Then Asa . . . said, “Lord, there is no one like you to help the powerless against the mighty.” (2 Chronicles 14:11)
Remind God of His exclusive responsibility: “There is no one like you to help.” The odds against Asa’s men were enormous. “Zerah the Cushite marched out against them with a vast army and three hundred chariots” (v. 9).
It seemed impossible for Asa to hold his own against that vast multitude. There were no allies who would come to his defense. Therefore his only hope was in God.
It may be that your difficulties have come to such an alarming level that you may be compelled to refuse all human help. In lesser trials, you may have had that recourse, but now you must cast yourself on your almighty Friend.
Put God between yourself and the enemy.
Asa, realizing his lack of strength, saw Jehovah as standing between the might of Zerah and himself. And he was not mistaken. We are told that the Cushites “were crushed before the Lord and his forces” (v. 13), as though heavenly warriors threw themselves against the enemy on Israel’s behalf.
God’s forces so overwhelmed the vast army of the enemy that they fled.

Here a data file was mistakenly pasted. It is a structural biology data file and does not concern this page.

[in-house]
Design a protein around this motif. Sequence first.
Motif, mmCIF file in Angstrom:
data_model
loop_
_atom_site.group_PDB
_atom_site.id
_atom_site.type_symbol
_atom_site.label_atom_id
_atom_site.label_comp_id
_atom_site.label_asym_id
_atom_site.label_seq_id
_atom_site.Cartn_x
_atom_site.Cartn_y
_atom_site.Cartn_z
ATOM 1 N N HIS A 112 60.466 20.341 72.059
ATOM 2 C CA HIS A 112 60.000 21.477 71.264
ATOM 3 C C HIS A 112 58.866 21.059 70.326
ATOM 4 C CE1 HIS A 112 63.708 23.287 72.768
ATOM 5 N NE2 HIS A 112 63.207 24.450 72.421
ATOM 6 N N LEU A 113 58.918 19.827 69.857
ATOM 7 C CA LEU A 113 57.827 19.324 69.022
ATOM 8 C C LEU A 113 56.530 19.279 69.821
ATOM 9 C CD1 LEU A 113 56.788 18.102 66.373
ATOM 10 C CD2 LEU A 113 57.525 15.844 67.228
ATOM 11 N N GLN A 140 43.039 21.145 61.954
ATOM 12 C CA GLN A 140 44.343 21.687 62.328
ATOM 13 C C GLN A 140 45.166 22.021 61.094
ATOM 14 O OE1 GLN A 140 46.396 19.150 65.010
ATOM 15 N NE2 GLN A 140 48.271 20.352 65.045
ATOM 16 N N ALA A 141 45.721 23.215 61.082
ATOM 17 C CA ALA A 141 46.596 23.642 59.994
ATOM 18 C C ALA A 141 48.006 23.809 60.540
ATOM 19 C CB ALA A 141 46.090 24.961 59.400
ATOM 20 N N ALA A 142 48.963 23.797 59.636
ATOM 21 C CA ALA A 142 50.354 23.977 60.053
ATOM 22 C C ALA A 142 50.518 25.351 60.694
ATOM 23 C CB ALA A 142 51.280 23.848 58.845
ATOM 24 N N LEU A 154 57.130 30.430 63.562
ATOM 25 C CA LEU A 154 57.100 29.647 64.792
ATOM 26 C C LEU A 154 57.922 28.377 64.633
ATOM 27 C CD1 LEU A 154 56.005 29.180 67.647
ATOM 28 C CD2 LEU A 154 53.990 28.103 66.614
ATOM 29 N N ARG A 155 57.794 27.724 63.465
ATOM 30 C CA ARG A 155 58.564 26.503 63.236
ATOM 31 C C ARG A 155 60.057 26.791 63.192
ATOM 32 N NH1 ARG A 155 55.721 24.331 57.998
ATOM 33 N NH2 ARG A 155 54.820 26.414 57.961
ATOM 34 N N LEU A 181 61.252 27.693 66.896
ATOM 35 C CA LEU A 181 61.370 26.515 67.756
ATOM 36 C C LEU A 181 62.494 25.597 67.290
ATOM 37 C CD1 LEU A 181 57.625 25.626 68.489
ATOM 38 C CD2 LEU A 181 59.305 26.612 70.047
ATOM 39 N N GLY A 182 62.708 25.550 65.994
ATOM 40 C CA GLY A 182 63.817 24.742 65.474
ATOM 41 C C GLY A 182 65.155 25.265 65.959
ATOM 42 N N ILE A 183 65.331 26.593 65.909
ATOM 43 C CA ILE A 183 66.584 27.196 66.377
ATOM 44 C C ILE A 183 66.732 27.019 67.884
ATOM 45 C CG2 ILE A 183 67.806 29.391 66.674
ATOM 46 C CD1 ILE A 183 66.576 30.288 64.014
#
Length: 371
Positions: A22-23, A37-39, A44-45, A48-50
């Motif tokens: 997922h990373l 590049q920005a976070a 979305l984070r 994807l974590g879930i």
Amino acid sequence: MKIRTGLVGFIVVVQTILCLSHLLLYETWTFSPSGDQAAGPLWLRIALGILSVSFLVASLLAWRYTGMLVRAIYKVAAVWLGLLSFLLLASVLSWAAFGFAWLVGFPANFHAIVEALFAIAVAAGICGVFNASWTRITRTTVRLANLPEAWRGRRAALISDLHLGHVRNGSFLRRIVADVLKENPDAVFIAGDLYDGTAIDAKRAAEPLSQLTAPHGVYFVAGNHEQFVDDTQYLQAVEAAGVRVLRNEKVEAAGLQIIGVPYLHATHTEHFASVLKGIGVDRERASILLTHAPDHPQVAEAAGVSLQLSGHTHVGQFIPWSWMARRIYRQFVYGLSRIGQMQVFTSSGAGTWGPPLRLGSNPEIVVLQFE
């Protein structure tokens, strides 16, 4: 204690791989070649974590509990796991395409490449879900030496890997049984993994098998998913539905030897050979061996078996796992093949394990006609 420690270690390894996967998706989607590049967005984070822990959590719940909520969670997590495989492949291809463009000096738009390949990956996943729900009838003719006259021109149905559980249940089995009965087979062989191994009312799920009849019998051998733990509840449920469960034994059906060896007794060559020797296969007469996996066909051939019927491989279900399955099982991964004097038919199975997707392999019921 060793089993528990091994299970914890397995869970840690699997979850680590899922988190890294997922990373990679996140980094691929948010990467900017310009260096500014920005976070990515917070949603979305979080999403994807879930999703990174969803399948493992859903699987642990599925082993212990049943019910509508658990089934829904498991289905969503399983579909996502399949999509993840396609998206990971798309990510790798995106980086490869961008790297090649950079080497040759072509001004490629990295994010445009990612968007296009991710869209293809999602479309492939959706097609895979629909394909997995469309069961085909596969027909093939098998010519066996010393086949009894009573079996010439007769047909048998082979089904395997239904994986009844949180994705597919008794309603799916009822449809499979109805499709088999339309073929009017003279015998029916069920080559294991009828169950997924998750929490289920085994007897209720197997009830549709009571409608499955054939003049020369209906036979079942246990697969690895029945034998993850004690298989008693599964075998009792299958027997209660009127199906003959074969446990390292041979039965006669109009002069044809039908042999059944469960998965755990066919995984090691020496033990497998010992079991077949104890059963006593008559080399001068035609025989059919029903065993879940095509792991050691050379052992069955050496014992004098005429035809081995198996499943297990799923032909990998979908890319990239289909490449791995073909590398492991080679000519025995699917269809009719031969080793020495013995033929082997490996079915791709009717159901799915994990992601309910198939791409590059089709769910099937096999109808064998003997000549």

Then all Israel had to do was follow up and gather the plunder. Our God is “the Lord of hosts” (Isa. 10:16 KJV), who can summon unexpected reinforcements at any moment to help His people.
Believe that He is between you and your difficulty, and what troubles you will flee before Him, as clouds in the wind. F. B. Meyer
When nothing on which to lean remains,
When strongholds crumble to dust;
When nothing is sure but that God still reigns,
That is just the time to trust.
It’s better to walk by faith than sight,
In this path of yours and mine;
And the darkest night, when there’s no outer light
Is the time for faith to shine.
“Abraham believed God” (Rom. 4:3), and said to his eyes, “Stand back!” and to the laws of nature, “Hold your peace!” and to an unbelieving heart, “Silence, you lying tempter!” He simply “believed God” Joseph Parker
L. B. Cowman worked as a pioneer missionary with her husband in Japan and China from 1901 to 1917, during which time they helped found the Oriental Missionary Society. Out of Mrs. Cowman's experiences and heartbreak came her first book, Streams in the Desert